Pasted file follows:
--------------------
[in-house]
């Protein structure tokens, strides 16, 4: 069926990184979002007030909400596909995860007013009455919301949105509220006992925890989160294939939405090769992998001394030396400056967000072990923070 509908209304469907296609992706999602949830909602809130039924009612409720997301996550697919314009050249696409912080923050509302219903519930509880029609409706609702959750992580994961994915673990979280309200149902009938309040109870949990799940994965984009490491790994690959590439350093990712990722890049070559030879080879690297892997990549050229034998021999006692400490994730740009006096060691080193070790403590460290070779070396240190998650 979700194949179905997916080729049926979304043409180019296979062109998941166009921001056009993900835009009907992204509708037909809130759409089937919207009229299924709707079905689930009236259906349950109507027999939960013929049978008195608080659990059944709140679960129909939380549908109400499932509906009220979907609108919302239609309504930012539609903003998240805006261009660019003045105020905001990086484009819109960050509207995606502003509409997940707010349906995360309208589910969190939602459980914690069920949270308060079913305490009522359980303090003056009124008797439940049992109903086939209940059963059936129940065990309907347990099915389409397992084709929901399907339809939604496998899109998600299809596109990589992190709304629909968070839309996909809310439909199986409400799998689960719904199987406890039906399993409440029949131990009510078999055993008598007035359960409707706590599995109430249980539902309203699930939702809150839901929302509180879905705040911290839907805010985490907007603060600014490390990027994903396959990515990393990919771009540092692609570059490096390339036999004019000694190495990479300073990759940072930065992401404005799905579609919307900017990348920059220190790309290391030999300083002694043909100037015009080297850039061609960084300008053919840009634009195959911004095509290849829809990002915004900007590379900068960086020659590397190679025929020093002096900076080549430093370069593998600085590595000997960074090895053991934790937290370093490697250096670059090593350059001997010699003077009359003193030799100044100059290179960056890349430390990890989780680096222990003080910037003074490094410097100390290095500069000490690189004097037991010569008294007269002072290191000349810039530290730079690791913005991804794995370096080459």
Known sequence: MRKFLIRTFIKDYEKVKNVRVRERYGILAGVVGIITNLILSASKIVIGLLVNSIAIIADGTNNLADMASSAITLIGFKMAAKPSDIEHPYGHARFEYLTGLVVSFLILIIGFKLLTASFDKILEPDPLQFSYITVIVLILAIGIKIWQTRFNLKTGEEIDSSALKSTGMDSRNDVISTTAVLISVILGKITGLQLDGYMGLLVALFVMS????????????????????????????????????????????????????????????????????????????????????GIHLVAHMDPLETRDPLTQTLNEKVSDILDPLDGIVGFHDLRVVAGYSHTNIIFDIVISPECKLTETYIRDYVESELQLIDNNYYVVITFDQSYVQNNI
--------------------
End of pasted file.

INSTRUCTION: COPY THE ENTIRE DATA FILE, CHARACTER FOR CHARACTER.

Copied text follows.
[in-house]
């Protein structure tokens, strides 16, 4: 069926990184979002007030909400596909995860007013009455919301949105509220006992925890989160294939939405090769992998001394030396400056967000072990923070 509908209304469907296609992706999602949830909602809130039924009612409720997301996550697919314009050249696409912080923050509302219903519930509880029609409706609702959750992580994961994915673990979280309200149902009938309040109870949990799940994965984009490491790994690959590439350093990712990722890049070559030879080879690297892997990549050229034998021999006692400490994730740009006096060691080193070790403590460290070779070396240190998650 979700194949179905997916080729049926979304043409180019296979062109998941166009921001056009993900835009009907992204509708037909809130759409089937919207009229299924709707079905689930009236259906349950109507027999939960013929049978008195608080659990059944709140679960129909939380549908109400499932509906009220979907609108919302239609309504930012539609903003998240805006261009660019003045105020905001990086484009819109960050509207995606502003509409997940707010349906995360309208589910969190939602459980914690069920949270308060079913305490009522359980303090003056009124008797439940049992109903086939209940059963059936129940065990309907347990099915389409397992084709929901399907339809939604496998899109998600299809596109990589992190709304629909968070839309996909809310439909199986409400799998689960719904199987406890039906399993409440029949131990009510078999055993008598007035359960409707706590599995109430249980539902309203699930939702809150839901929302509180879905705040911290839907805010985490907007603060600014490390990027994903396959990515990393990919771009540092692609570059490096390339036999004019000694190495990479300073990759940072930065992401404005799905579609919307900017990348920059220190790309290391030999300083002694043909100037015009080297850039061609960084300008053919840009634009195959911004095509290849829809990002915004900007590379900068960086020659590397190679025929020093002096900076080549430093370069593998600085590595000997960074090895053991934790937290370093490697250096670059090593350059001997010699003077009359003193030799100044100059290179960056890349430390990890989780680096222990003080910037003074490094410097100390290095500069000490690189004097037991010569008294007269002072290191000349810039530290730079690791913005991804794995370096080459």
Known sequence: MRKFLIRTFIKDYEKVKNVRVRERYGILAGVVGIITNLILSASKIVIGLLVNSIAIIADGTNNLADMASSAITLIGFKMAAKPSDIEHPYGHARFEYLTGLVVSFLILIIGFKLLTASFDKILEPDPLQFSYITVIVLILAIGIKIWQTRFNLKTGEEIDSSALKSTGMDSRNDVISTTAVLISVILGKITGLQLDGYMGLLVALFVMS????????????????????????????????????????????????????????????????????????????????????GIHLVAHMDPLETRDPLTQTLNEKVSDILDPLDGIVGFHDLRVVAGYSHTNIIFDIVISPECKLTETYIRDYVESELQLIDNNYYVVITFDQSYVQNNI